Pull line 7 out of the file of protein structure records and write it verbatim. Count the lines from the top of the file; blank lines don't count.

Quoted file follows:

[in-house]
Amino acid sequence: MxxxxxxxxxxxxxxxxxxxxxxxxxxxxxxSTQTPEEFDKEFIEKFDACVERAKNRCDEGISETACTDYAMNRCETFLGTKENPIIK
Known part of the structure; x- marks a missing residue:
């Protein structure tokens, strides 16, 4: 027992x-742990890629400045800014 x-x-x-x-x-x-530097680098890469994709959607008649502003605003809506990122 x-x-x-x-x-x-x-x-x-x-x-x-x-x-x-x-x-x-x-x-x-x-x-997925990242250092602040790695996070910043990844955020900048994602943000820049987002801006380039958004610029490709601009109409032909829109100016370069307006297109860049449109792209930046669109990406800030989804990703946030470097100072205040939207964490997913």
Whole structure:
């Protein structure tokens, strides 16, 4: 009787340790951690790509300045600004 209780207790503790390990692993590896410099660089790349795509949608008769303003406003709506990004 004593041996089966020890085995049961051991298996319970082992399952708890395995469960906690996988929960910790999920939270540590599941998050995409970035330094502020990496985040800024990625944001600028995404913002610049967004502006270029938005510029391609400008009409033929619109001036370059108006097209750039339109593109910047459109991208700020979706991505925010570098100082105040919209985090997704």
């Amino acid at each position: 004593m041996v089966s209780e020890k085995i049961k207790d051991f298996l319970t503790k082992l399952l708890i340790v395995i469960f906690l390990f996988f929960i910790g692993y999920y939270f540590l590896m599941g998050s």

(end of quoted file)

């Amino acid at each position: 004593m041996v089966s209780e020890k085995i049961k207790d051991f298996l319970t503790k082992l399952l708890i340790v395995i469960f906690l390990f996988f929960i910790g692993y999920y939270f540590l590896m599941g998050s």